Top 10 Favorite Pharoah Sanders Tracks

This weekend we lost the tenor saxophone giant Pharoah Sanders. Much is said about music as a healing force, and I can think of few people who’ve remained as steadfast in their commitment to that as Pharoah was. Thankfully, he left an enormous body of documented work so we can continue to heal from life’s…

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Top 10 Favorite Holland-Dozier-Holland Tracks

With the passing of Lamont Dozier, I felt compelled to hurriedly complete this list-in-progress, documenting my own love affair with the music written and produced by Mr. Dozier along with his partners Eddie and Brian Holland. Each of the three has other noteworthy accomplishments, but their work together is truly stunning, particularly their groundbreaking contributions to the development of the Motown record label. Without any further ado and in chronological order, here are some of my personal favorites.

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Top 10 Favorite Jack DeJohnette Tracks

Happy 80th birthday to Jack DeJohnette! While he is objectively one of the great drummers in modern jazz history, I’ll admit I don’t look at him first and foremost through that lens. To me he is a creator of sonic universes – that sounds weird but there are just so many examples of records he’s on (some of them iconic, some of them in the should-be-iconic realm, some just under-the-radar) where as great as the drumming is, what you really notice is the vibe he creates. So acknowledging the ridiculous number of things I had to omit, here are some personal faves from his vast discography.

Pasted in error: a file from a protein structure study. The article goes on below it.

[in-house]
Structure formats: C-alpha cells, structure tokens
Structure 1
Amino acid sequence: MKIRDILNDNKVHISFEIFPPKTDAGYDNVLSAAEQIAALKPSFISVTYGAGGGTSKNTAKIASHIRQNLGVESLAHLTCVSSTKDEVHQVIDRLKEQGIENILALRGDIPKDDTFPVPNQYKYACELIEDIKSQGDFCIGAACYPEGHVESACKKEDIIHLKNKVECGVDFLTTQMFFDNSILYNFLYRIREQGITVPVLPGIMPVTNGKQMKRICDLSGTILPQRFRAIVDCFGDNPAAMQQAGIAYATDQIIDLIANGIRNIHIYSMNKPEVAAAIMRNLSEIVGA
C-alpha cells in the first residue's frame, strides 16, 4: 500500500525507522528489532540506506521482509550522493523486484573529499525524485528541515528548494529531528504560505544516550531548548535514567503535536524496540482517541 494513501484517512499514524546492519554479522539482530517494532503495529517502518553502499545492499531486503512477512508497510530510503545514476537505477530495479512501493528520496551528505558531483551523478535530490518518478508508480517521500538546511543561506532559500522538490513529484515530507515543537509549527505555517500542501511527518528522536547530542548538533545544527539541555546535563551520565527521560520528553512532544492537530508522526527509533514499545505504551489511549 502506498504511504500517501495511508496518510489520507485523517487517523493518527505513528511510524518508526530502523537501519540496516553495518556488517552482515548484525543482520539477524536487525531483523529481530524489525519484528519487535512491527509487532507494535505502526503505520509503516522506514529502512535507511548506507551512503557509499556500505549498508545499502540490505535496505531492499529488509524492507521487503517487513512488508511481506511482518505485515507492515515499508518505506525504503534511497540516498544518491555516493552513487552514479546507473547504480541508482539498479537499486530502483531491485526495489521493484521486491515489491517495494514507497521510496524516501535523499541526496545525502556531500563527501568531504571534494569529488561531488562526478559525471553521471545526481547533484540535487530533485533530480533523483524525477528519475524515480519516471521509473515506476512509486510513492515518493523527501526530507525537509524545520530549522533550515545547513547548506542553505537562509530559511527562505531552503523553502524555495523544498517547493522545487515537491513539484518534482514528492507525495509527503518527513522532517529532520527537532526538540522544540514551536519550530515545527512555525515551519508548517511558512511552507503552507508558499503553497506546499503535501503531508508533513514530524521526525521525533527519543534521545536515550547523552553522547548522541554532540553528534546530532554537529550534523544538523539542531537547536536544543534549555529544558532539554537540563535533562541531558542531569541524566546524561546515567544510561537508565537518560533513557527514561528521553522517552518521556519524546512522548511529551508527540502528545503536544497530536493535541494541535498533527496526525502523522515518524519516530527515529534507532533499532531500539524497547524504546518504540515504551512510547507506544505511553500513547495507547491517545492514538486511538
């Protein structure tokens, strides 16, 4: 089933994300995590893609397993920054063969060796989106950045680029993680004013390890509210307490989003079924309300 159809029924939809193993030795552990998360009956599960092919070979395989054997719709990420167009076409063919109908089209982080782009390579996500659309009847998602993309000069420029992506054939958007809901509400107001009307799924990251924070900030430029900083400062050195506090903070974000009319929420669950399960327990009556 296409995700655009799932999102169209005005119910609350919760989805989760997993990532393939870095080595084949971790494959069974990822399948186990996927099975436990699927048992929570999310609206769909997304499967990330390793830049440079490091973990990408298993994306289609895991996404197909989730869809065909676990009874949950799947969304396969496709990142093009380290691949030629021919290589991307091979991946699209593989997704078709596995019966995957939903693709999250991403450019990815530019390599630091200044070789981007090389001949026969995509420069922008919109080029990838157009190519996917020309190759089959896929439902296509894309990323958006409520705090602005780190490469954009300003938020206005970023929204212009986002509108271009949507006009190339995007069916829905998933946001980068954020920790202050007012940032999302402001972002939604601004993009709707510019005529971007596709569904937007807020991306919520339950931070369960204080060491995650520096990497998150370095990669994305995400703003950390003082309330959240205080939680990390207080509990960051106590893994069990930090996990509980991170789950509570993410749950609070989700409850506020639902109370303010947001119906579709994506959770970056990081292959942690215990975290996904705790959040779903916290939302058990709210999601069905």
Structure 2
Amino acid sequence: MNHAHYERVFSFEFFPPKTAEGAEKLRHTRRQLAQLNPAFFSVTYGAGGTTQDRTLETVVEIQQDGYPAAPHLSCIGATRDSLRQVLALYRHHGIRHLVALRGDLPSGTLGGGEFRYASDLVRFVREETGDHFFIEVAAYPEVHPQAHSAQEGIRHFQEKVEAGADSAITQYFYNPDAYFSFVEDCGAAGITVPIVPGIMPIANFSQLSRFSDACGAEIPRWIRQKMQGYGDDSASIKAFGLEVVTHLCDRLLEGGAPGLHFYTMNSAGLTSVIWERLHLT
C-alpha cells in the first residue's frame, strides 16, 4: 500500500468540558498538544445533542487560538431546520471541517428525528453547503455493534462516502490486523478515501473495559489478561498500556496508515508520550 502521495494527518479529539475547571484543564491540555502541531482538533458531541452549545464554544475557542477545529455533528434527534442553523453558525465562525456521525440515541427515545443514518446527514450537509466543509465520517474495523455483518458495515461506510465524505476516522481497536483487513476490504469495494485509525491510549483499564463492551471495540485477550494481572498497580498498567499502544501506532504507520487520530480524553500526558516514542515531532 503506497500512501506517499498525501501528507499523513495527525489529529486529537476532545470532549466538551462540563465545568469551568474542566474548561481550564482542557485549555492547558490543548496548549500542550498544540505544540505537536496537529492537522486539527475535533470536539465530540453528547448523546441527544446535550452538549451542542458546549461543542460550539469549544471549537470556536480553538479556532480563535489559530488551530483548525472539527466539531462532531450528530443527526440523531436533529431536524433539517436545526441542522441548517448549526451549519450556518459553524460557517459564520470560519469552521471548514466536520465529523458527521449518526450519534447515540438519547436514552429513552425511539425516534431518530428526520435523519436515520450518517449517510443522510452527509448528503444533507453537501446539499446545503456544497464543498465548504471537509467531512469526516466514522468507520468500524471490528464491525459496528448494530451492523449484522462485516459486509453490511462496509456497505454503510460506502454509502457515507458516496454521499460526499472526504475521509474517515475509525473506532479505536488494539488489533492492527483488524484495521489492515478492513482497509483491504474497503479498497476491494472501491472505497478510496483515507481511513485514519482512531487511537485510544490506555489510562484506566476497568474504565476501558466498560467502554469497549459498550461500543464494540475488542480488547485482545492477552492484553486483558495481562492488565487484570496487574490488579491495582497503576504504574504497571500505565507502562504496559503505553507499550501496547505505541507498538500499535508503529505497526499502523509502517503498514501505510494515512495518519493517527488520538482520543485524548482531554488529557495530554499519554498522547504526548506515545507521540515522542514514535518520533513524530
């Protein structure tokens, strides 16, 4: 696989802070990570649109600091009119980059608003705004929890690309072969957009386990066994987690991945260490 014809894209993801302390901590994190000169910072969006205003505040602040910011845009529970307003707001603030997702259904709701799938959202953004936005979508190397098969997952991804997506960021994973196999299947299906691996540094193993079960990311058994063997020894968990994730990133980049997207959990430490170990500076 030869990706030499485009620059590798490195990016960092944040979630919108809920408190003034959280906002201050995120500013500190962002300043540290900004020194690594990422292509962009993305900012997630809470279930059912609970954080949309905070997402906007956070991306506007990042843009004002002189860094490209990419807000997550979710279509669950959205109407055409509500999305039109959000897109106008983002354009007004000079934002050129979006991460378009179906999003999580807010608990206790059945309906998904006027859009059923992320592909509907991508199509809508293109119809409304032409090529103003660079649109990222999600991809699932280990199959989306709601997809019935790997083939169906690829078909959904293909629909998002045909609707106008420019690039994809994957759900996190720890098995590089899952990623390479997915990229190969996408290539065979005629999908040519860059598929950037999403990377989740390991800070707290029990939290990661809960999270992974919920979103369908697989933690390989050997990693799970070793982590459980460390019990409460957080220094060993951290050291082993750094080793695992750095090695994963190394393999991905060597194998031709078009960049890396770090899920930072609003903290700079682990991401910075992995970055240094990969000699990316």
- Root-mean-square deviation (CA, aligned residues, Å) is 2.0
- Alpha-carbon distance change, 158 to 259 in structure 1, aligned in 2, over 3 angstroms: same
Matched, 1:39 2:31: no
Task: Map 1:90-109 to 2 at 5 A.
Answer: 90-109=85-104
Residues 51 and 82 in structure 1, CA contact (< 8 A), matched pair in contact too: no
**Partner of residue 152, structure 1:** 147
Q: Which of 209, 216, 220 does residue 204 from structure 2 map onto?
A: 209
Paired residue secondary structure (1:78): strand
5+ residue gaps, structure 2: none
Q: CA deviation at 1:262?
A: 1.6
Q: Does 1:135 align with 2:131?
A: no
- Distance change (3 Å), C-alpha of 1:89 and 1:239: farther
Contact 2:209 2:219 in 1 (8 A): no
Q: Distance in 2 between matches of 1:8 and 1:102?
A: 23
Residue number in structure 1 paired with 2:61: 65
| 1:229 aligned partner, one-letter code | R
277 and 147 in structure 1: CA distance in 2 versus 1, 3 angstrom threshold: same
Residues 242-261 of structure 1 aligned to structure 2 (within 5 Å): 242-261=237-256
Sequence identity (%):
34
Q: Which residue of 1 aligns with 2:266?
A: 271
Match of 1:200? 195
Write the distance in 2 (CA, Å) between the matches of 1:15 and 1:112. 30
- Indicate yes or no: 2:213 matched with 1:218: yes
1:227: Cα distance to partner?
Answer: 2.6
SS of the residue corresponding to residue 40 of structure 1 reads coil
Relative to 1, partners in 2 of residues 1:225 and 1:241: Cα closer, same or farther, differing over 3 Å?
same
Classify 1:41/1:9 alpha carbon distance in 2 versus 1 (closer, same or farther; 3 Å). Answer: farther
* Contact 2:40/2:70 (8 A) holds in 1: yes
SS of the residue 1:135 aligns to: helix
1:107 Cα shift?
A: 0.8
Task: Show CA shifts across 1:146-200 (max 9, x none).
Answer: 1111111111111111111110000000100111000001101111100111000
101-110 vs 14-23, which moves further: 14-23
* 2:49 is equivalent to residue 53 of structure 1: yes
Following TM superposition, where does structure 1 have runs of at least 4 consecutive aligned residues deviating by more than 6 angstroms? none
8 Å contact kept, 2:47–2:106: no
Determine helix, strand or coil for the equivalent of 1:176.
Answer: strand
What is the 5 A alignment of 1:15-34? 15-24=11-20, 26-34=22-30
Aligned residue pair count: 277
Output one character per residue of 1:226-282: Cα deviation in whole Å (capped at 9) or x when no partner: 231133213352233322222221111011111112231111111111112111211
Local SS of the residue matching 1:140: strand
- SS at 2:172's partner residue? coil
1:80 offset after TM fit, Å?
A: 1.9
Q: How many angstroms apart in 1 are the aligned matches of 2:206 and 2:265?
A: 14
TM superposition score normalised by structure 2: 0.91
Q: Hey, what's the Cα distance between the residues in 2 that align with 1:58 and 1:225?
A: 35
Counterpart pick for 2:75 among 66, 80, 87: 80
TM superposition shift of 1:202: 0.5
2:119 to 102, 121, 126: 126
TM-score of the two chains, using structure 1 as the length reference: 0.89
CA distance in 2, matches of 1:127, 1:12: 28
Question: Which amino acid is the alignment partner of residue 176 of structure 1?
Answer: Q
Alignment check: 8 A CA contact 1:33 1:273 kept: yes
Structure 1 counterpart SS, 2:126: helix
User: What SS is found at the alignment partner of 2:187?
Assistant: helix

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Top 10 Favorite Tony Bennett Tracks

Happy 96th birthday to Anthony Dominick Benedetto. It’s a gift that he’s still here, even if (after his triumphant farewell performance at Radio City Music Hall last year) he’s no longer performing due to his struggles with Alzheimer’s. Tony’s long, winding career was as unique as his artistry was commanding. I came to his music primarily through the jazz lens (and had the privilege of hearing him with his trio in an intimate setting in the early ‘90s, shortly before he “blew up”) and even if one looks only at that (and obviously it’s just one facet), there’s so much in there. Some debate whether Tony should be classified as a jazz singer (a can of worms I sometimes allow to be opened when I’m teaching) but if we address the question through the lens of his mastery of the craft, the two part answer is clearly 1) yes, and 2) he’s a giant, so who the heck cares? Here is a small sampling of some of my own favorites over a 60+ year span.